“How’s your aunt?” asked the guy washing his hands next to me in the restroom. “You know my aunt?” “Yeah, the lady from the record store.”

“Ma and Pop” Arthur Newman Records closed its Cedar-Center doors in the mid-sixties, to be succeeded briefly by the more corporate Recordland. The latter catered more to the baby-boomers, caring clearly for cash and not culture. Gone was the classical music; gone were the shelves of sheet music. Left standing — only — as a remnant of the “care-free” Eisenhower era … was its manager, Helen Bogart. And Yes, in those yesteryears— when Severance was still new and Beachwood Place but weeds — our father’s sister ran the only game this side of town.

It seemed everyone knew of my aunt. At least by reference. Dour, fifty years old and counting (even then), she was the lady behind the counter: austere ….her eyes her security system … a Jewish Emily Dickinson …

She was, without ever smiling, the music world’s first front man!

What you saw, by the way, was what you got. Hal can tell you, our children will confirm: she was not different off the court.

Forget to say hello to her in temple? She’d sulk, steaming hot.

Our mom once told us that when still dating our father she’d pulled Helen aside privately to point out her slip was showing. Talk about cold? It was Ice Station Zebra — our aunt neither speaking nor acknowledging her future sister-in-law the rest of the night.

“Was it awkward?” I asked my mother.
“No, but your grandmother asked me to apologize.”

Nor did anyone back then ever accuse our aunt of being sweet. Just wasn’t her thing. Nice? Perhaps, (like when she taught H and me piano from her Michael Aaron book). Warm? At times (trips to shul to honor yahrtzeits). But sweet?

— And never, in those days of yore, did she speak of love. Ever.

Our aunt never married. ‘Twas a shanda then, and perceived she was, as “damaged goods”. Sadly, so sadly, that’s how too she viewed herself. It was, moreover, a subject never broached.

“Dad,” I once asked the man I could speak to anything about, “Do you think Aunt Helen ever had sex?”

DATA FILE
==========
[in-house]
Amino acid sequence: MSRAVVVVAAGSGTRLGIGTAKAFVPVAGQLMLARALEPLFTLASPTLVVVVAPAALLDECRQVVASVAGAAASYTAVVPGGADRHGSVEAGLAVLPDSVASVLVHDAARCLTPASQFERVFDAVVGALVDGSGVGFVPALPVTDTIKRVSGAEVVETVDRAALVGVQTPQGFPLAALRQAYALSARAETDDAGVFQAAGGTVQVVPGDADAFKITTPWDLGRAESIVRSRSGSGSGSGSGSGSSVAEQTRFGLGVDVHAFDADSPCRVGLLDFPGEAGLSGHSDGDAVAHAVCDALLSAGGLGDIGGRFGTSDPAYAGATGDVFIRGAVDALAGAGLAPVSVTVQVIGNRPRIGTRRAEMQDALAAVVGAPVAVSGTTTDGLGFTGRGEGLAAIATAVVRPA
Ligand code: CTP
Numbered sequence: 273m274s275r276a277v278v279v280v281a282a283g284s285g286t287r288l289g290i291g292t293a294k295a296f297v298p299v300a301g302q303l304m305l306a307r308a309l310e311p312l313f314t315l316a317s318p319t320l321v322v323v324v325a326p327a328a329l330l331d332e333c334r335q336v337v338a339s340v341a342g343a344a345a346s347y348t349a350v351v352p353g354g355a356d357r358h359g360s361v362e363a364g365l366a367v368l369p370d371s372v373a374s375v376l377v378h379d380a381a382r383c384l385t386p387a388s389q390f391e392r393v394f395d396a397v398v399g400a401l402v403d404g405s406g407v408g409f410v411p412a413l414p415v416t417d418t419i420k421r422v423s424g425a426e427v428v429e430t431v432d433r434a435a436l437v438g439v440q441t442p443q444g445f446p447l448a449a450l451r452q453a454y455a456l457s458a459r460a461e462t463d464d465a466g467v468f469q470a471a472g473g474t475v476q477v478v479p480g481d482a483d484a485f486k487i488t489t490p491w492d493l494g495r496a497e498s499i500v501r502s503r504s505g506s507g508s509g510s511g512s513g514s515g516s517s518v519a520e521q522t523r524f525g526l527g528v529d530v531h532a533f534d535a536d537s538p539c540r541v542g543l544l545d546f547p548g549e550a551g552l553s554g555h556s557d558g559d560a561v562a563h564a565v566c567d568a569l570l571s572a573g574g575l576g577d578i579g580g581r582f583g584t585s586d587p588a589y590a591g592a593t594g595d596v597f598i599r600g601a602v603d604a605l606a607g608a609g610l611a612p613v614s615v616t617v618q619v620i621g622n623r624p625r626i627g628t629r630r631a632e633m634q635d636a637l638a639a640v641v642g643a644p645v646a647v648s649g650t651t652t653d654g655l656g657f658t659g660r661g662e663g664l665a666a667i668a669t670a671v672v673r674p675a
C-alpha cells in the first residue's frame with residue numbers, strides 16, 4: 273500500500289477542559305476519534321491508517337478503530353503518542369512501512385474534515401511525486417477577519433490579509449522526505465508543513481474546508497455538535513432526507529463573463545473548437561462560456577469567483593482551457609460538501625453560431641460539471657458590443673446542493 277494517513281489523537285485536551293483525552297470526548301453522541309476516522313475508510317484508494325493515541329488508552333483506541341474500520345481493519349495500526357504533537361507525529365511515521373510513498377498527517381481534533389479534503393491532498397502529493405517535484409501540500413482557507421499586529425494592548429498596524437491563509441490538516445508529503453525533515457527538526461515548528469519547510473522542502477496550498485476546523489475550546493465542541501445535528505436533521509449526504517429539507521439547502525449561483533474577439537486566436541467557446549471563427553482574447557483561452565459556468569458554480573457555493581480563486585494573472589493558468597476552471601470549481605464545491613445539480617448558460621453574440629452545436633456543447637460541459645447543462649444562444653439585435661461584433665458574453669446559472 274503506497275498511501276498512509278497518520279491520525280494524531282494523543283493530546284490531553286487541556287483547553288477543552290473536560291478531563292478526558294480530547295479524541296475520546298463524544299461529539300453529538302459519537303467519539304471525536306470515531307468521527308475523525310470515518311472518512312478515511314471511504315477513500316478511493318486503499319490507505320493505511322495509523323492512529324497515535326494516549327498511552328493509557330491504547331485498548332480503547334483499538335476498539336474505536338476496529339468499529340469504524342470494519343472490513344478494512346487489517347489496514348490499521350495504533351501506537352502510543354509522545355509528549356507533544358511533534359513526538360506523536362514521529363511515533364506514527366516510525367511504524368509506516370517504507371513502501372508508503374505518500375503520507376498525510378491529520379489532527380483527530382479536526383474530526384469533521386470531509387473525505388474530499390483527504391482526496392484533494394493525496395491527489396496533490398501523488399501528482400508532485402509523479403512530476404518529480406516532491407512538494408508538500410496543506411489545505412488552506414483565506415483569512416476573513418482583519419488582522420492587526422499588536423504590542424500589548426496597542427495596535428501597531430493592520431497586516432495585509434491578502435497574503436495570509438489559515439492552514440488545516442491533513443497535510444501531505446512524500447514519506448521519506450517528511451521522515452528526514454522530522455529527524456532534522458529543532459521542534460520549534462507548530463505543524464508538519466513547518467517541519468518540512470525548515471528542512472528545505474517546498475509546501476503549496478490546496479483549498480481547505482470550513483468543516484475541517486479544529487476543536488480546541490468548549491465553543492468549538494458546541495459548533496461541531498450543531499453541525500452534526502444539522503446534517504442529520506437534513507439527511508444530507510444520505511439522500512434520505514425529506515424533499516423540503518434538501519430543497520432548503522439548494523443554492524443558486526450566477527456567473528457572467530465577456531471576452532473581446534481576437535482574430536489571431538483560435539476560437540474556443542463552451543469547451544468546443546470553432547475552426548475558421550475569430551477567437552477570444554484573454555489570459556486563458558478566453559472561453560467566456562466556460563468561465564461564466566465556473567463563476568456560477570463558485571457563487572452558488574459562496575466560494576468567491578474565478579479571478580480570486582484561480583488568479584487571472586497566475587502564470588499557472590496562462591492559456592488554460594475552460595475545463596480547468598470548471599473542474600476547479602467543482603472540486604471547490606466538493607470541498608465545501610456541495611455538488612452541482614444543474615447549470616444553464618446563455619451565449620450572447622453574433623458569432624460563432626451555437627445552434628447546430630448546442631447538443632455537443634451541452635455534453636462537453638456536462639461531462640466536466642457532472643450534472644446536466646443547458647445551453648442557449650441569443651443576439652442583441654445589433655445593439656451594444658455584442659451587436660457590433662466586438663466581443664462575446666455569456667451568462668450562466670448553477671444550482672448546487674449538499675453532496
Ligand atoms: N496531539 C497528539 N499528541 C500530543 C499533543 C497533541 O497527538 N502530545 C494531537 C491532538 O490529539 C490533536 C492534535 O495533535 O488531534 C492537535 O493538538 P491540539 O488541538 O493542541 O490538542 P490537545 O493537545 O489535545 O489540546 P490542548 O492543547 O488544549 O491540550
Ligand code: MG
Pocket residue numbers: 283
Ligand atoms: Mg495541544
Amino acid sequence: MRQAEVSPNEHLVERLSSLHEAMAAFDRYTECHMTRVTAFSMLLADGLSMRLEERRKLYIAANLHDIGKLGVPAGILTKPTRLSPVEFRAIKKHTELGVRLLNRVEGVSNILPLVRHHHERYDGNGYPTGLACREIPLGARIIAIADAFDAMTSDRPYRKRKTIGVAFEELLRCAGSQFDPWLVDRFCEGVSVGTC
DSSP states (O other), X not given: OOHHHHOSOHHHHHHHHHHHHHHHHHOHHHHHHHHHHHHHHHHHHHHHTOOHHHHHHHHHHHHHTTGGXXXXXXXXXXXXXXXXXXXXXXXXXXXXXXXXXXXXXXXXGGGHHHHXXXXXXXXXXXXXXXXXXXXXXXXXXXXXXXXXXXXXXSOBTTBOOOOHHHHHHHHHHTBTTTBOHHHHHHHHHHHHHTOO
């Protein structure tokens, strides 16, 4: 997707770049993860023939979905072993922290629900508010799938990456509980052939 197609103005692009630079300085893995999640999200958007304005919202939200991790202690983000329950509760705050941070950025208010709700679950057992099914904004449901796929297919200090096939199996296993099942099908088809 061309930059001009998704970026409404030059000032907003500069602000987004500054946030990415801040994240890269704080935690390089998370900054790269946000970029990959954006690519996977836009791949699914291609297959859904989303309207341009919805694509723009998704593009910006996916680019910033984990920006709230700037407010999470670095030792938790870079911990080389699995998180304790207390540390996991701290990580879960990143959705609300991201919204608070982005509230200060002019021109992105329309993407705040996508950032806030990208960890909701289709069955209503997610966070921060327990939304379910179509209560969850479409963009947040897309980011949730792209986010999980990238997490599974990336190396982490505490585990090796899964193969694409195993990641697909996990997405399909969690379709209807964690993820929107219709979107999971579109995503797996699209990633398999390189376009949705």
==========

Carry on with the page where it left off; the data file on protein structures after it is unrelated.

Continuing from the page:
(Ed. Note: My father’s response was curt and but one sentence: “This will be the last time you ask that question.”).

The record store closed by 1970. True to her Prussian work ethic, our aunt found new work.  Downtown.   And bused downtown daily. Five times/week. Until they had the gaul to give her an electric typewriter — at which point she retired.

Our Dad passed in ’85 and our Grandmom in ’90. From each, we were left (Hal and I), both supreme memories and our stoic Aunt Helen. The two, we would learn, are conjoined.

Through the lens of time recollections rejuvenate. How well we still picture this event, that event, the time that …… . Mental images change not; if anything, through the telling and retelling they grow stronger. So too with our aunt.  She doesn’t change. Ever.

(I mean ever).

But then …

Frail now, some two decades later, she ventures out little. Her contemporaries are gone and her world’s grown silent.   Alone again, she is (naturally).  Frail today, abandoned by time, she is buttressed only by family— indeed, the two little boys — the ones she taught piano — who are now in THEIR sixties.

I dropped off food yesterday. A quart of mushroom/barley, two pints of vanilla ice cream, and a bag of Hershey Kisses. She smiled softly, like she might have done on East Overlook after a Triple Word score in Scrabble.  Her eyes?  They said “Thank you”.

“Look Aunt Helen,” I told her. “Hot soup on the counter… I put the ice cream in the freezer … and your sweets are right here”.

Cutting the plastic, handing her some chocolate, standing to leave:  “I love you,” I said. “I’ll call you tomorrow.”

“I love you too,” she told me. “I love you.”

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